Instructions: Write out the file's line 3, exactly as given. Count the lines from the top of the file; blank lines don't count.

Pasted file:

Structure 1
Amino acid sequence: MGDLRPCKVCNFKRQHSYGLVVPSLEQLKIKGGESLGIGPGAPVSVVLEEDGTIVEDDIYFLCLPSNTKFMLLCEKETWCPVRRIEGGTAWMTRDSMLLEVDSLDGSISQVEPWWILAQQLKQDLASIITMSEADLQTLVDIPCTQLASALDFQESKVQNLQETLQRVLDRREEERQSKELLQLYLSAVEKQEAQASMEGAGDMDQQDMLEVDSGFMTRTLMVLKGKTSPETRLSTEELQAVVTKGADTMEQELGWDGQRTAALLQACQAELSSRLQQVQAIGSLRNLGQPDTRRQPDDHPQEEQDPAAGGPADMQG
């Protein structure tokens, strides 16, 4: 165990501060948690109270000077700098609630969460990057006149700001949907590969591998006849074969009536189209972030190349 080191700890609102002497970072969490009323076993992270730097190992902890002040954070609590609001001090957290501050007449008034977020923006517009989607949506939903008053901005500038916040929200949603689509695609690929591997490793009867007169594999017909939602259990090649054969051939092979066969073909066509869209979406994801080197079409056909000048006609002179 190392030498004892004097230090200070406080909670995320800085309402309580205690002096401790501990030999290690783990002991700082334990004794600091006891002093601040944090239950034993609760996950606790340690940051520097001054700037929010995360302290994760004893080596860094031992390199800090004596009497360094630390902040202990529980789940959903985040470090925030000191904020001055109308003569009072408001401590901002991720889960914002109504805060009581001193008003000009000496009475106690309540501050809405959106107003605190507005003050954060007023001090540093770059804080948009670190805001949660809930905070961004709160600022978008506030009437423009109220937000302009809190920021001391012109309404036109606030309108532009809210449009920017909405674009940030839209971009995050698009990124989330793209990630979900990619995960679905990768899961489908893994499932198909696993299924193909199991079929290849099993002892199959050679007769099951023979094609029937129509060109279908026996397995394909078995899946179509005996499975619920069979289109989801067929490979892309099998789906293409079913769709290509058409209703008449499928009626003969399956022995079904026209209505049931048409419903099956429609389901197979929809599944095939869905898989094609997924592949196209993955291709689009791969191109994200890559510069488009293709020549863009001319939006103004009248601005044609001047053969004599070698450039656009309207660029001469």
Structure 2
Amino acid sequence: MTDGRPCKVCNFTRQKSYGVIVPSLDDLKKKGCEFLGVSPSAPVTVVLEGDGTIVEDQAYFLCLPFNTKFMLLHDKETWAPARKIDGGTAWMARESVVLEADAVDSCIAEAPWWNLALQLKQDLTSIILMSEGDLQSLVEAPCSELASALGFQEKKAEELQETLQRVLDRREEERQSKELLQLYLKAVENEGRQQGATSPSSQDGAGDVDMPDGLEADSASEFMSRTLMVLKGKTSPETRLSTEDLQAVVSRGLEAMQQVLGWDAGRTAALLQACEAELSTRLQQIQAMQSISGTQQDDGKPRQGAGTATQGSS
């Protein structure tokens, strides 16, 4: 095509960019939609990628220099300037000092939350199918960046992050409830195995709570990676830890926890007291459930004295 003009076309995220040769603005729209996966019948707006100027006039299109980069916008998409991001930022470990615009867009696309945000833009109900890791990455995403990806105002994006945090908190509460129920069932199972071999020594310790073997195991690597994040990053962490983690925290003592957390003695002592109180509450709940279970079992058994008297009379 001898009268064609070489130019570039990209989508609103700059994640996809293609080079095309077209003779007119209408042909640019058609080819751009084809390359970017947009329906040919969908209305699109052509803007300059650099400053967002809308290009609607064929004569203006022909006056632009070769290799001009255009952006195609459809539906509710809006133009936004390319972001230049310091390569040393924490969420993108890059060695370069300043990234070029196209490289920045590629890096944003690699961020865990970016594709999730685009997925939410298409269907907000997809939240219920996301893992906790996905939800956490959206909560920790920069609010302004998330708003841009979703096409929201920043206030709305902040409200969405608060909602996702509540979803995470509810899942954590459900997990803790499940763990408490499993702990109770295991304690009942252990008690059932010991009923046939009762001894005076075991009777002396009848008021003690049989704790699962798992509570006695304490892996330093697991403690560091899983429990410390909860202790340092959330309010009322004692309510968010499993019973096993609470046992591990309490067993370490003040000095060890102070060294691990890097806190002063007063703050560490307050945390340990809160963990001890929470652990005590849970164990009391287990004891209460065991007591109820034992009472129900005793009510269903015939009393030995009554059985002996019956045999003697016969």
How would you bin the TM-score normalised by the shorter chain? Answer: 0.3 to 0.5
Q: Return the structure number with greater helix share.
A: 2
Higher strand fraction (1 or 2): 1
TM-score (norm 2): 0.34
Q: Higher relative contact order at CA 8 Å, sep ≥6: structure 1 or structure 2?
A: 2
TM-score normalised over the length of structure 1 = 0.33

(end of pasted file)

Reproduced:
């Protein structure tokens, strides 16, 4: 165990501060948690109270000077700098609630969460990057006149700001949907590969591998006849074969009536189209972030190349 080191700890609102002497970072969490009323076993992270730097190992902890002040954070609590609001001090957290501050007449008034977020923006517009989607949506939903008053901005500038916040929200949603689509695609690929591997490793009867007169594999017909939602259990090649054969051939092979066969073909066509869209979406994801080197079409056909000048006609002179 190392030498004892004097230090200070406080909670995320800085309402309580205690002096401790501990030999290690783990002991700082334990004794600091006891002093601040944090239950034993609760996950606790340690940051520097001054700037929010995360302290994760004893080596860094031992390199800090004596009497360094630390902040202990529980789940959903985040470090925030000191904020001055109308003569009072408001401590901002991720889960914002109504805060009581001193008003000009000496009475106690309540501050809405959106107003605190507005003050954060007023001090540093770059804080948009670190805001949660809930905070961004709160600022978008506030009437423009109220937000302009809190920021001391012109309404036109606030309108532009809210449009920017909405674009940030839209971009995050698009990124989330793209990630979900990619995960679905990768899961489908893994499932198909696993299924193909199991079929290849099993002892199959050679007769099951023979094609029937129509060109279908026996397995394909078995899946179509005996499975619920069979289109989801067929490979892309099998789906293409079913769709290509058409209703008449499928009626003969399956022995079904026209209505049931048409419903099956429609389901197979929809599944095939869905898989094609997924592949196209993955291709689009791969191109994200890559510069488009293709020549863009001319939006103004009248601005044609001047053969004599070698450039656009309207660029001469």